ALFRED and AGNES: The Story of My Immigrant Parents by Frieda Fritz Stiehl
What a wonderful book! The author has written a history of her family, especially her father and mother, German immigrants to the United States in the last century. With a plethora of photographs and an unflinching eye on her family’s “characters,” she has written a chronicle for all German-Americans -- all immigrants. Her family comes alive in the pages as each of their lives is detailed.
She makes these ordinary people, their work, their homes, their villages and, ultimately, their Americanization, come alive for the reader. This is an unforgettable archive of the recent past.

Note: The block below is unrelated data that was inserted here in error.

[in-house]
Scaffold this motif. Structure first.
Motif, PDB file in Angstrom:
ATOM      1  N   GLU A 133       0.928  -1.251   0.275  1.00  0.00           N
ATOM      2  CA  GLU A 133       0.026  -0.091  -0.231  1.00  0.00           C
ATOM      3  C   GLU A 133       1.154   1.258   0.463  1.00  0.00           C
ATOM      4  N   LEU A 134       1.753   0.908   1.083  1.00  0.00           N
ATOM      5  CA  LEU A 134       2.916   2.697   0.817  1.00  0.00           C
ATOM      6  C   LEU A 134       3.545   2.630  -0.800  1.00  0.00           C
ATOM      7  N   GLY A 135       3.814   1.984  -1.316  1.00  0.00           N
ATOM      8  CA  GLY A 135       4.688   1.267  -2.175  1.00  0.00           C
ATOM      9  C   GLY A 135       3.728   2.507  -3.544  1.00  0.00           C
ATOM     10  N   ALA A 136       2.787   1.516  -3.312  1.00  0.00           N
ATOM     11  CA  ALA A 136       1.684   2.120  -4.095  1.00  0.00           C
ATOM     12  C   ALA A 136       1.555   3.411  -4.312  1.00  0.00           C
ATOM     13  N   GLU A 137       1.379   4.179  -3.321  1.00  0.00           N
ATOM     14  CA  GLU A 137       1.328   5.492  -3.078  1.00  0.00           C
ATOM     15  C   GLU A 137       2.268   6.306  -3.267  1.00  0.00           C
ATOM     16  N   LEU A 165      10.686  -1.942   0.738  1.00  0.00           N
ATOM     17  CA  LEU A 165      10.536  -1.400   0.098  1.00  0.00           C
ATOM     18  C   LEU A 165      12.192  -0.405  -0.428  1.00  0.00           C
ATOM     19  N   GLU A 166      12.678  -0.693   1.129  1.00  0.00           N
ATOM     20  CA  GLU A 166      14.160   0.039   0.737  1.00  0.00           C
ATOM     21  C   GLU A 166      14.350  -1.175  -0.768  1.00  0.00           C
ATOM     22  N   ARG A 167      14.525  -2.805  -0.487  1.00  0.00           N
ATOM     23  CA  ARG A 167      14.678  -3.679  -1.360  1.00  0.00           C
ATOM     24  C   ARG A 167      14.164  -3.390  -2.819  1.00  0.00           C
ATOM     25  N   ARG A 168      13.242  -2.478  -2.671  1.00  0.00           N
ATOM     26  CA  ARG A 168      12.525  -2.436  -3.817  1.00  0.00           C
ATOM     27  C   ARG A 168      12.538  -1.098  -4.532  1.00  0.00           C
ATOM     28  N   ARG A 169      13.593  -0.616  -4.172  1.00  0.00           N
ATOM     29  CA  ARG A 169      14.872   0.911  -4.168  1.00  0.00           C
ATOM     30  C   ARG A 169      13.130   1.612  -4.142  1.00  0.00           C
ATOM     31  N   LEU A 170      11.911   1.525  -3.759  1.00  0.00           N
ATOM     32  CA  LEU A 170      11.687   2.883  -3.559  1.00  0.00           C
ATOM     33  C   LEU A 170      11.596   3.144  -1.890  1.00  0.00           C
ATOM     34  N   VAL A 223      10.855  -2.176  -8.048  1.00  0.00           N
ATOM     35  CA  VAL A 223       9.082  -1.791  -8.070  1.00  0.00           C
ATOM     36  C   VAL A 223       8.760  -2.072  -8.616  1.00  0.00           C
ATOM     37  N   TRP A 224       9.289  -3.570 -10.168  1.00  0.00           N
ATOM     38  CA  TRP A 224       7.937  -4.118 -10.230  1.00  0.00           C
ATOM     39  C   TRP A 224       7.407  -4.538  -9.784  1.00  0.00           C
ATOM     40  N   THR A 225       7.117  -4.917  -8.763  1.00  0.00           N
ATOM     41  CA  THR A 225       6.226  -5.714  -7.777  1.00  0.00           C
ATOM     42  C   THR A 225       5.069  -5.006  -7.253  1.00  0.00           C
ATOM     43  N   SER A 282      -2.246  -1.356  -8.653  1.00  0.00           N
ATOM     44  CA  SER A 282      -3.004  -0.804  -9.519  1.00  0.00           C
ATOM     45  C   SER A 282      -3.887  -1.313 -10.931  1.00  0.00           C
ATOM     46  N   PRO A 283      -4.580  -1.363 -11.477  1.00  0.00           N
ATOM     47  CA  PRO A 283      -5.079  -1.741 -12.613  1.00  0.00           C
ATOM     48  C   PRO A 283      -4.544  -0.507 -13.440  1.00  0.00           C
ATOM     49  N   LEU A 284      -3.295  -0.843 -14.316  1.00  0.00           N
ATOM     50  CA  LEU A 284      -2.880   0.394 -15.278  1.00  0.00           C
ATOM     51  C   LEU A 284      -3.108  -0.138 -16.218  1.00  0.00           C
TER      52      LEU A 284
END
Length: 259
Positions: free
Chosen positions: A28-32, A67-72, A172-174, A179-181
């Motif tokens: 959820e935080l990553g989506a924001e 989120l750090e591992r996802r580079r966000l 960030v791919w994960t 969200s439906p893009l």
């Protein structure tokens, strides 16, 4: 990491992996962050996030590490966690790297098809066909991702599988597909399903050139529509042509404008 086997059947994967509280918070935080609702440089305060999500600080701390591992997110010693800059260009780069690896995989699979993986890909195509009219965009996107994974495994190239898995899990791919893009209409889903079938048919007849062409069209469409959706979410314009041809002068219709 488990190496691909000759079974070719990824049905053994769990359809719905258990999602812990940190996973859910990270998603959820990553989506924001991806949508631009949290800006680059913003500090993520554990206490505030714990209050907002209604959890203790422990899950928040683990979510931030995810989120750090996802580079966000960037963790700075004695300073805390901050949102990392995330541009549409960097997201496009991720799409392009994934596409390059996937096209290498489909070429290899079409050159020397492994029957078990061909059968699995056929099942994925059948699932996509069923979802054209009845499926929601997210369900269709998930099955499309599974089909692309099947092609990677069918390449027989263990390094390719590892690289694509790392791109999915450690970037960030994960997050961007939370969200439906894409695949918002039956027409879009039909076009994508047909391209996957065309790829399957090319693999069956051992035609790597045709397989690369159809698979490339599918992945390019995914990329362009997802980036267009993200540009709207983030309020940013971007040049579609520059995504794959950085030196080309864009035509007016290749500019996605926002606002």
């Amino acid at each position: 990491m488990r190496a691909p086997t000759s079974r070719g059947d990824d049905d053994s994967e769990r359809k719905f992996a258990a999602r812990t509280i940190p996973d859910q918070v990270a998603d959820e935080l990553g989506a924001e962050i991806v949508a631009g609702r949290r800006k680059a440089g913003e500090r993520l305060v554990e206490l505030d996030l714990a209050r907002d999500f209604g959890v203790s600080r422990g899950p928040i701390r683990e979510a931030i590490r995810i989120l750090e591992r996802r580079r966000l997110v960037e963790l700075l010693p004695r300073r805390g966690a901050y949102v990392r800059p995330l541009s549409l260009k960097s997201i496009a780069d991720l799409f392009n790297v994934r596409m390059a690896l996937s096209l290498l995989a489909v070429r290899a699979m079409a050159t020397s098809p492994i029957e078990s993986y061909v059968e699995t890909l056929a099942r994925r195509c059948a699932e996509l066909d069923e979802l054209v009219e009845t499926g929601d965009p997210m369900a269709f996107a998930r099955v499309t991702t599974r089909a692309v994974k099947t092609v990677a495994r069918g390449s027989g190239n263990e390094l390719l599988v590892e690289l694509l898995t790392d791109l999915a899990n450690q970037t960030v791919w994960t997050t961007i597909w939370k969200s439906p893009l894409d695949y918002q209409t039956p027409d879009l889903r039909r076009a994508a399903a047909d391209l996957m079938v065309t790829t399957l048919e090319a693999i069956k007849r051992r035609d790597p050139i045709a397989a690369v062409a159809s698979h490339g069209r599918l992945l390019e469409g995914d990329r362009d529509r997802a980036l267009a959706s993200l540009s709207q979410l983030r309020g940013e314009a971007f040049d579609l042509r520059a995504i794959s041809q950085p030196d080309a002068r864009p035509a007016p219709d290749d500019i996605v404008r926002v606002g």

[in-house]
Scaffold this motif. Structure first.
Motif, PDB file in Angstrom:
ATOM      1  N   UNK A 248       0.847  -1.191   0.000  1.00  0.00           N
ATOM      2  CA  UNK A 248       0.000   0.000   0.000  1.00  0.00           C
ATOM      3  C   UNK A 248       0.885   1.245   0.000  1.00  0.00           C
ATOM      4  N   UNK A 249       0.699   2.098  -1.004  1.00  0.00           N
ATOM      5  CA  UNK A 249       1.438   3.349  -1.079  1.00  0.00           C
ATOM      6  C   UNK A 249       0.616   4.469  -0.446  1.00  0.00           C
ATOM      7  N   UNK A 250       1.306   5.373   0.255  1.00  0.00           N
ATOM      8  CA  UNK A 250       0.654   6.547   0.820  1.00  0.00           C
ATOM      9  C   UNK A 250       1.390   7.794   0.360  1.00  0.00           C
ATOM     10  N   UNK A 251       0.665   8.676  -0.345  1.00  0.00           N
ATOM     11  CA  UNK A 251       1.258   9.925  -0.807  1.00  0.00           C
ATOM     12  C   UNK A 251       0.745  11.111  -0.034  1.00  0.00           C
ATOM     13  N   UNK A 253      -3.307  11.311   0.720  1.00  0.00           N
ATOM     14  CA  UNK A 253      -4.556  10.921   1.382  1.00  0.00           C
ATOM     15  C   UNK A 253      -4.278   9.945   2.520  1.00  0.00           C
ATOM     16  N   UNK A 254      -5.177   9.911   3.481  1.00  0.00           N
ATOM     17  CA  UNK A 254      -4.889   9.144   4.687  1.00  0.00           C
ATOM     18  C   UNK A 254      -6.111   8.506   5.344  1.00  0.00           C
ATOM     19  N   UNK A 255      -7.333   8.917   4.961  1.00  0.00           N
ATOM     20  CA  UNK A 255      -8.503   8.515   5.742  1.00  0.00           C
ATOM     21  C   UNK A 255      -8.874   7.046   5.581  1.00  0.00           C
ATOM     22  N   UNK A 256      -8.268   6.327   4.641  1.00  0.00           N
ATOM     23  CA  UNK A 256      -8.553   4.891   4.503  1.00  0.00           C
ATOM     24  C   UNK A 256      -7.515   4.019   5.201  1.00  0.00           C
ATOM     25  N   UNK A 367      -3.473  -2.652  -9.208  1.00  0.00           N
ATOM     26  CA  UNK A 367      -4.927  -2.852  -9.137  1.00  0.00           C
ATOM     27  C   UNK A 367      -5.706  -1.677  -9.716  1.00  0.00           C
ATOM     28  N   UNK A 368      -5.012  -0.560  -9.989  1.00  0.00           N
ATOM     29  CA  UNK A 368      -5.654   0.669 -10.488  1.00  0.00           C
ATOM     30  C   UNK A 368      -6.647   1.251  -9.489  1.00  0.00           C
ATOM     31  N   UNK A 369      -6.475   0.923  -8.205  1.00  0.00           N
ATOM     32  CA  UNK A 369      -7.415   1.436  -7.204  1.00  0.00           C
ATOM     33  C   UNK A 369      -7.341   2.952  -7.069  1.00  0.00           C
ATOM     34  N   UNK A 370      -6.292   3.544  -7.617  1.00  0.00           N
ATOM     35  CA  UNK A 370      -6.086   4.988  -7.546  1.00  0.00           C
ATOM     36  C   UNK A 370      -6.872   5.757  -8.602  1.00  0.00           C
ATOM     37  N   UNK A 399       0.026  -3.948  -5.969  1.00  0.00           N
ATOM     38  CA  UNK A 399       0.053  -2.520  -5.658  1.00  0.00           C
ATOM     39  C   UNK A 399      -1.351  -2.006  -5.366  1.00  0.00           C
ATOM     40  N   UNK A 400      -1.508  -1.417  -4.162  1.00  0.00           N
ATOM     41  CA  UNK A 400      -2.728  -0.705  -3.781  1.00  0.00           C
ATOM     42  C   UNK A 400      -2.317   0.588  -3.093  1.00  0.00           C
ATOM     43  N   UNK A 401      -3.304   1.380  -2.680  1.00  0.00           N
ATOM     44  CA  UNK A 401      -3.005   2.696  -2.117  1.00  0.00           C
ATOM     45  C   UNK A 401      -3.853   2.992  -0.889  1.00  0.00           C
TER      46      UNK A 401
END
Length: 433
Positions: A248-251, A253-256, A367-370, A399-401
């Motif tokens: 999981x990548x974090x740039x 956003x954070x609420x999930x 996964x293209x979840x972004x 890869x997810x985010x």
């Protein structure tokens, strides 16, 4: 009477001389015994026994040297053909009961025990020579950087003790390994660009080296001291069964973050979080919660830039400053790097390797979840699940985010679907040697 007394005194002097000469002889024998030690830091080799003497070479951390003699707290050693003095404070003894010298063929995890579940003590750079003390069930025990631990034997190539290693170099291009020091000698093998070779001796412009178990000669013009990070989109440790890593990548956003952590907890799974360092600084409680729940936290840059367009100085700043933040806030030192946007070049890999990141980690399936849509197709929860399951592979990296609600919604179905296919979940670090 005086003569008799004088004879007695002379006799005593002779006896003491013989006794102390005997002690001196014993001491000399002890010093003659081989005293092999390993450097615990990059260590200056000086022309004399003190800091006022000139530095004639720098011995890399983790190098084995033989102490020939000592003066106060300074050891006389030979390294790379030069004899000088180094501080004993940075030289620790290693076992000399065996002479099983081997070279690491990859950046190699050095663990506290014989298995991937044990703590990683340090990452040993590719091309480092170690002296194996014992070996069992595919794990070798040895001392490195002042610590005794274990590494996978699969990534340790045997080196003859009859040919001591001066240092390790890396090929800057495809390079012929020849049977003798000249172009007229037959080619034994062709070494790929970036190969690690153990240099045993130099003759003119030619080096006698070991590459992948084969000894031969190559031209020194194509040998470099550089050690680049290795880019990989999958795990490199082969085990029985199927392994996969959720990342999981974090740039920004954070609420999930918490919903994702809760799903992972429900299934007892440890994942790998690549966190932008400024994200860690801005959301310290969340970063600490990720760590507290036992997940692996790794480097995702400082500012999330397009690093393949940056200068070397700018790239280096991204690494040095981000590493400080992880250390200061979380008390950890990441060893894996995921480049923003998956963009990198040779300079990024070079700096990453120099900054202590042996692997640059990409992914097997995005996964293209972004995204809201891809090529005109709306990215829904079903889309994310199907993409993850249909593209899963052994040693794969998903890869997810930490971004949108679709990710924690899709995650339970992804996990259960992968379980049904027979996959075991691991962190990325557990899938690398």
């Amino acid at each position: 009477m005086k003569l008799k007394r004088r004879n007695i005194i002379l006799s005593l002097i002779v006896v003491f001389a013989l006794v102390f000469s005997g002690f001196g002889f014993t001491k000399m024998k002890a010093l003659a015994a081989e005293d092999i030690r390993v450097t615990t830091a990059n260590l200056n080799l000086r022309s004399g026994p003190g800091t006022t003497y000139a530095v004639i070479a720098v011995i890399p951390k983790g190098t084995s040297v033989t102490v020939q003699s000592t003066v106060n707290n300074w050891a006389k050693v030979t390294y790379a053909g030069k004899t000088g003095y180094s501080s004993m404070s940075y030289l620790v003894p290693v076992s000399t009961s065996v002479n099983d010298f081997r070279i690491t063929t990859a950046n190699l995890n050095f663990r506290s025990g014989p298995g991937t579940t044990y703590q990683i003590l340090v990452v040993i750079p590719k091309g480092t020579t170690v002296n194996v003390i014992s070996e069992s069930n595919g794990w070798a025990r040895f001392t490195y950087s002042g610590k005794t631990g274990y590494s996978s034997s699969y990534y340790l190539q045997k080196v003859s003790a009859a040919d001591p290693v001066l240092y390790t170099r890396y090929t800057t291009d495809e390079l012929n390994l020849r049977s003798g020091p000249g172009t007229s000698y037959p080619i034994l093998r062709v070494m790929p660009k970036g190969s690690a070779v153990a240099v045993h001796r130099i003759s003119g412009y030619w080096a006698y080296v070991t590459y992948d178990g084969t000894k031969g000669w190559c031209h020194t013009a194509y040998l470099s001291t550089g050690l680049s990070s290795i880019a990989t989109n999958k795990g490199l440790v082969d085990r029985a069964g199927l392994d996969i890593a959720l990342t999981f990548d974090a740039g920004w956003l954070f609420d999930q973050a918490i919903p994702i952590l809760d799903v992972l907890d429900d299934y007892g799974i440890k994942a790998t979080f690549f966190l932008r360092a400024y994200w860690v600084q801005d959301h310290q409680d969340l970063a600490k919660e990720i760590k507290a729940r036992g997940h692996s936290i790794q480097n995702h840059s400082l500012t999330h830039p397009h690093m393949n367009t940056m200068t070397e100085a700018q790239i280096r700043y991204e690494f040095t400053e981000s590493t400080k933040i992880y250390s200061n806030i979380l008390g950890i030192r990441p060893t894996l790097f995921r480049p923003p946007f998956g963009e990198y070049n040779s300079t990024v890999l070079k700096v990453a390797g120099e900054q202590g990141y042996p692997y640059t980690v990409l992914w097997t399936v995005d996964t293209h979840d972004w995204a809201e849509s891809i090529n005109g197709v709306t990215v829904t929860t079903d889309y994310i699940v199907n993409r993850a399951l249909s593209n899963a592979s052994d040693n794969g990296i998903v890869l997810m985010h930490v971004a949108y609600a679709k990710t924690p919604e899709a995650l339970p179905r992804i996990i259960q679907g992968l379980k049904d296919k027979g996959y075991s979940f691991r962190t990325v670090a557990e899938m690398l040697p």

The research is impeccably done. The photographs help orient the reader and bring the narrative to life. Stretching back to the Thirty Years War, coming forward to German Unification, World War I and the devastation on the German psyche by reparations and the rise of Nazism, the Dust Bowl years in the Midwest and finally a dairy farm in the rolling hills of Pennsylvania, all are presented in vivid relief.
Anyone who is interested in immigrants, rural life, family dynamics, friendships, farming, pre-industrial life and “how things are made” will find much of interest. Book groups, especially those with an immigrant or farming interest, will be able to sustain a lengthy discussion.
5 of 5 stars